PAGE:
21 October 1871
|Died||23 September 1935
Randwick, New South Wales, Australia
|Occupation||novelist and playwright|
Stone was born in Leicester, England, baptized as William Lewis, son of William Stone, a basketmaker, and his wife Emma, née Tewkes. In 1884 the family migrated to Brisbane, and then a year later, to Redfern in Sydney.
He grew up in poverty. His father was a marine who was largely absent.
Stone qualified as a primary school teacher in 1895 and had temporary teaching positions until he obtained a regular teaching job at Cootamundra. In 1901 Stone was transferred to South Wagga Wagga where he met Thomas Blamey who was influenced by Stone.
Around 1908 Stone married Abigail Allen and also began to write a novel Jonah, published in London in 1911. According to Geoffrey Dutton, Stone was intimately familiar with the setting for Jonah, spending time in Waterloo and Paddy's market, studying the local larrikins and their speech. The novel was warmly accepted by H.G. Wells, Galsworthy and George Bernard Shaw. Unfortunately it was not a financial success, until popularity was finally attained in the nineteen sixties and seventies.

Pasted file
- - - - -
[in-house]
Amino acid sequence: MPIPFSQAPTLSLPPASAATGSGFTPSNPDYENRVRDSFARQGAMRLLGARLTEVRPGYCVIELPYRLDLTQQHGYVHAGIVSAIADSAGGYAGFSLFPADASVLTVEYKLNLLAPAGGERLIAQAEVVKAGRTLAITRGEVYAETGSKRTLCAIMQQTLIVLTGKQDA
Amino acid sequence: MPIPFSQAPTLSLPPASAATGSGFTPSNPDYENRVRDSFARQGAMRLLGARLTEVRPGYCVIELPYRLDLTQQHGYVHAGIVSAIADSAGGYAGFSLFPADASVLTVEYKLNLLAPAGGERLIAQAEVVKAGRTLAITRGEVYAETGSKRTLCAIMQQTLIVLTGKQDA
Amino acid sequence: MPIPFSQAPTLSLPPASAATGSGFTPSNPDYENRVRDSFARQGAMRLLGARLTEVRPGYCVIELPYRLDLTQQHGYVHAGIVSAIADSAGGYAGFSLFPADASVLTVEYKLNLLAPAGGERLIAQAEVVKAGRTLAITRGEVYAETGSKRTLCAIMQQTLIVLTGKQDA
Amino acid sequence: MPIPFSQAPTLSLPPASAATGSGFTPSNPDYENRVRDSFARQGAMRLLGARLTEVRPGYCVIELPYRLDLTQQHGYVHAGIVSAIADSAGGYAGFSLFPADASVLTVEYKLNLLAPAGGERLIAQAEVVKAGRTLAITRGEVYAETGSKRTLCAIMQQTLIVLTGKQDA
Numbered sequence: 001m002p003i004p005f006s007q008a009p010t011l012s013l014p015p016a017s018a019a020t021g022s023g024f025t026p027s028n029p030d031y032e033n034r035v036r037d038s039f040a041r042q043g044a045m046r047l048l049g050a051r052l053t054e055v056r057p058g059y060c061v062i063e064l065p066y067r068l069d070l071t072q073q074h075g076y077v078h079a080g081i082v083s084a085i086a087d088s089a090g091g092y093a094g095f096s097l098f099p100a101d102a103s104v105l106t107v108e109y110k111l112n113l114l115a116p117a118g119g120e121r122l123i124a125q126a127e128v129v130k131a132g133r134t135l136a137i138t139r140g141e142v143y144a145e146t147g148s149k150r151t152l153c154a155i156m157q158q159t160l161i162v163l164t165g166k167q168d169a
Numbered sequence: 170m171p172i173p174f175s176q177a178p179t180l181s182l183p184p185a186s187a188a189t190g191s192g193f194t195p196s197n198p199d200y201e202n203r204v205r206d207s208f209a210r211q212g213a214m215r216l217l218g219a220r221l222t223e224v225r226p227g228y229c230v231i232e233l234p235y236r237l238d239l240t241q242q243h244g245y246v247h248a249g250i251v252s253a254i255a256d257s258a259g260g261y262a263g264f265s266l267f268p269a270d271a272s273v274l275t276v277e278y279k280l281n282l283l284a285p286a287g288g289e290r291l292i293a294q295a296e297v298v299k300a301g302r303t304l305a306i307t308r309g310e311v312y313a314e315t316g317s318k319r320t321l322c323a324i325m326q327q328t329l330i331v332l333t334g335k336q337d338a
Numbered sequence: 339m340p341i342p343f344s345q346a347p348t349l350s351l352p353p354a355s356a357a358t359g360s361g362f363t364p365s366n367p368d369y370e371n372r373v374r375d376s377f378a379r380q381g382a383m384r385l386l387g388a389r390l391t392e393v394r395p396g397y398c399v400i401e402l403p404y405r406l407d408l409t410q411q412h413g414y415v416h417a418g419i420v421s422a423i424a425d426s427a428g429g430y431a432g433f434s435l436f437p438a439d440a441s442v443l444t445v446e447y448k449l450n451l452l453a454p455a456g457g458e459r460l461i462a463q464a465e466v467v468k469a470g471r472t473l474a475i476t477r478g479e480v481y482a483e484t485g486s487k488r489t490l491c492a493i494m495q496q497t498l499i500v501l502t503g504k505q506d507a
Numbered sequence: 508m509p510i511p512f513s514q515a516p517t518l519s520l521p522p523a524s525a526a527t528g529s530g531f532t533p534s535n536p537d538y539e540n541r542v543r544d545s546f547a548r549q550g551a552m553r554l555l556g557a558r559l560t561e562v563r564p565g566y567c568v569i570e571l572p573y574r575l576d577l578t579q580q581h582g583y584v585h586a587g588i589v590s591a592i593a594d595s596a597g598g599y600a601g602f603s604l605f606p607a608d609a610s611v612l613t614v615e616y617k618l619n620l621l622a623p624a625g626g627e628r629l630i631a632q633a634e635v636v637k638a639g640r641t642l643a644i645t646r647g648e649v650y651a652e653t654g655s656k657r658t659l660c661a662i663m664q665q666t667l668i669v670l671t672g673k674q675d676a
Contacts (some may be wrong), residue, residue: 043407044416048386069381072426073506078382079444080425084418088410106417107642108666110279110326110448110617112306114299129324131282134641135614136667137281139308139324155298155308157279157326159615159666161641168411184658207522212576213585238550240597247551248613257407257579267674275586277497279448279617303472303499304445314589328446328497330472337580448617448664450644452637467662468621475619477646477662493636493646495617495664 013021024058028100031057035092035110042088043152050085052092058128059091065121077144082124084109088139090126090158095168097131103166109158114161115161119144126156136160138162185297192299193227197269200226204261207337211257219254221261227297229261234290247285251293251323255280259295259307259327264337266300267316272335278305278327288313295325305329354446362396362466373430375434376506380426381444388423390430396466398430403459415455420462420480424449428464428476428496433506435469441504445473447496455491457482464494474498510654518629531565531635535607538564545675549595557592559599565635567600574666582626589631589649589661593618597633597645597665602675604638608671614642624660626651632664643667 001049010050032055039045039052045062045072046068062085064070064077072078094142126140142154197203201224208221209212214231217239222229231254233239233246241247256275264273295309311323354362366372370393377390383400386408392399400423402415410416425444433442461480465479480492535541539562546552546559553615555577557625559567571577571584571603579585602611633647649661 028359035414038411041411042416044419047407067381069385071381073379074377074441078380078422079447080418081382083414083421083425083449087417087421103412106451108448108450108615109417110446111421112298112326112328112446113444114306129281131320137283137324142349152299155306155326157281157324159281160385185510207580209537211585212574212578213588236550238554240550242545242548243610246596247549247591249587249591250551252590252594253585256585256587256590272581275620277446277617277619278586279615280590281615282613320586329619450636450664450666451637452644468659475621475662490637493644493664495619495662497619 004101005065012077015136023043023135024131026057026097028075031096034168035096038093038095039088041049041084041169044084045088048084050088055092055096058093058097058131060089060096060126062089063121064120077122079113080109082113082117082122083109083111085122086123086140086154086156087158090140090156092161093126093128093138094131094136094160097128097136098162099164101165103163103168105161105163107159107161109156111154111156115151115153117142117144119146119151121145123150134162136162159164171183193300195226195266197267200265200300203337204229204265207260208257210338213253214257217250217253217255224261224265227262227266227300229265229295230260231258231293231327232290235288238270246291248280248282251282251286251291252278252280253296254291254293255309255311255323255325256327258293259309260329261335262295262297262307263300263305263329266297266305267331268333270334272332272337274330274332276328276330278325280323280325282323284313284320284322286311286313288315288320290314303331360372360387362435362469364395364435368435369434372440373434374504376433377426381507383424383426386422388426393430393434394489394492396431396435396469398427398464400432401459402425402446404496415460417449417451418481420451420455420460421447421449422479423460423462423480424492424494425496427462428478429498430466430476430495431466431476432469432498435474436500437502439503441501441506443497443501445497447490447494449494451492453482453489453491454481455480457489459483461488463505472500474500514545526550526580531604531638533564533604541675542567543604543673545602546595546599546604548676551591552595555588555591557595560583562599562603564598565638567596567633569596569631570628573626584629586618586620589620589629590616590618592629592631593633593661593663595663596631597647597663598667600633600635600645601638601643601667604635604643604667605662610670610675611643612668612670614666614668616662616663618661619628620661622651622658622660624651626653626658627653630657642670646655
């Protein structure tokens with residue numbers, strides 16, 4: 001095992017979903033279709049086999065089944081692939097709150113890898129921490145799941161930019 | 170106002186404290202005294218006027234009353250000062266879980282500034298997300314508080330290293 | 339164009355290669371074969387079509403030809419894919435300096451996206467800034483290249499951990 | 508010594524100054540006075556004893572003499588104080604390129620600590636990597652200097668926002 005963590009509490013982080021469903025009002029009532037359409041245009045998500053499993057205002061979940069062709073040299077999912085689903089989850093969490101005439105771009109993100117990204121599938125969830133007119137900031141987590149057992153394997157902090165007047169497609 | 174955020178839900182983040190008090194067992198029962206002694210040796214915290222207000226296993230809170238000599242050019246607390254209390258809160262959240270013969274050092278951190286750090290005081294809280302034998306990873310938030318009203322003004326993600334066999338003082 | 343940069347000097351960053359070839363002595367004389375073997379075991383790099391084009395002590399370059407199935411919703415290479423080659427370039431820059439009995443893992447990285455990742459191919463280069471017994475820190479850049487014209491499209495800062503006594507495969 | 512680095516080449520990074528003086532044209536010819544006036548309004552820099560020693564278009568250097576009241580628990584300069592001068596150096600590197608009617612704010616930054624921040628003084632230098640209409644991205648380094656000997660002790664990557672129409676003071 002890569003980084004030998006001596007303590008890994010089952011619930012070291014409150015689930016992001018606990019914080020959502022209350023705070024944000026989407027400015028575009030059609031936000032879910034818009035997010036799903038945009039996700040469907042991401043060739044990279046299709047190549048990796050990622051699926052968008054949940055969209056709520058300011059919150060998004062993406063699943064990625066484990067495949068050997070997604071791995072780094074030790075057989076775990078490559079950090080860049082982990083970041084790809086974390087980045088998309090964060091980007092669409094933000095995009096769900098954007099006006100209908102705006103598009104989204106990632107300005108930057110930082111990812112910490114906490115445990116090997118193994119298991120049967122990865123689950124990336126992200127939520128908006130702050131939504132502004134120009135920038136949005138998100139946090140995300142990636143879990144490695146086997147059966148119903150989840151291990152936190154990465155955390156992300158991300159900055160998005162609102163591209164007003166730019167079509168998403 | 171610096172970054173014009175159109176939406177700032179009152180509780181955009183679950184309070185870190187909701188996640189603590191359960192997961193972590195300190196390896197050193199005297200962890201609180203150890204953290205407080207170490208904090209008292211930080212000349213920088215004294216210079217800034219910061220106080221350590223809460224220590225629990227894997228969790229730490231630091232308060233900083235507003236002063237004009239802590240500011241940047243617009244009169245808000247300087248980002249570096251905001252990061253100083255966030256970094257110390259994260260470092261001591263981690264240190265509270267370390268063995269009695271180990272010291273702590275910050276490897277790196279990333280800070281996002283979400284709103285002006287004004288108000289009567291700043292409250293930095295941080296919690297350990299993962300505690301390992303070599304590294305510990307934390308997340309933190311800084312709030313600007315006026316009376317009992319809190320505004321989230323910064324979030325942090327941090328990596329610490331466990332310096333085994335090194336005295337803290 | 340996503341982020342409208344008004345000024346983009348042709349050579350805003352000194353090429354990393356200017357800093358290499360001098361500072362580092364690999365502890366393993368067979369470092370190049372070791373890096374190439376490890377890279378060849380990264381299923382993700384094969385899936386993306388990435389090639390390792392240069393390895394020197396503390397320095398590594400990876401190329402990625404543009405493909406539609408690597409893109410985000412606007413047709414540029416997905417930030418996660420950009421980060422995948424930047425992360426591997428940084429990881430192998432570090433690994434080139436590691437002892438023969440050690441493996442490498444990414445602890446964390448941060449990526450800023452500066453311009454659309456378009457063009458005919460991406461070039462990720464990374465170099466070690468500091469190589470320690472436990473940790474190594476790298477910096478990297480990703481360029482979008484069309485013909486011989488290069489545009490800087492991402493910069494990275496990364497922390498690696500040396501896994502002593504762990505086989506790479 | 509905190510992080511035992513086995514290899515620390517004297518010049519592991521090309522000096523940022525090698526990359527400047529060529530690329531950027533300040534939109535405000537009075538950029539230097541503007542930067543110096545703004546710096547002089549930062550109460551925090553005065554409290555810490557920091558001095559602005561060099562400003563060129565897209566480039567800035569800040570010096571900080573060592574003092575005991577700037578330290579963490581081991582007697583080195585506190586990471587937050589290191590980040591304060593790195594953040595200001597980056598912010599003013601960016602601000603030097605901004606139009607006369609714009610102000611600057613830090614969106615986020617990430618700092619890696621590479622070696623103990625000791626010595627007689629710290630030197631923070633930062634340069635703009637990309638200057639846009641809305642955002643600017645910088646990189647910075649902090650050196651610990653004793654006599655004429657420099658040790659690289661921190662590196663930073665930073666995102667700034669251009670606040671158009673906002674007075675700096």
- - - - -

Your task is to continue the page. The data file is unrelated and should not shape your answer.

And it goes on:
In 1933, Jonah was republished by Percy Stephensen; it was also published in the United States as Larrikin. Jonah was adapted for a television series by the Australian Broadcasting Commission in 1982; it also provided the basis for the Sydney Theatre Company musical, Jonah Jones, in 1985.
Stone's second novel Betty Wayside was published in 1915.
An interesting character sketch of Louis Stone is given by Norman Lindsay in 'Bohemians of the Bulletin'. Lindsay describes how the plot of Stone's last novel, Betty Wayside, was bowdlerized and thus fell into obscurity, leaving Stone with a sense of failure and a mental breakdown.
- Jonah (1911)
- Betty Wayside (1913)
- The Lap of the Gods (1923)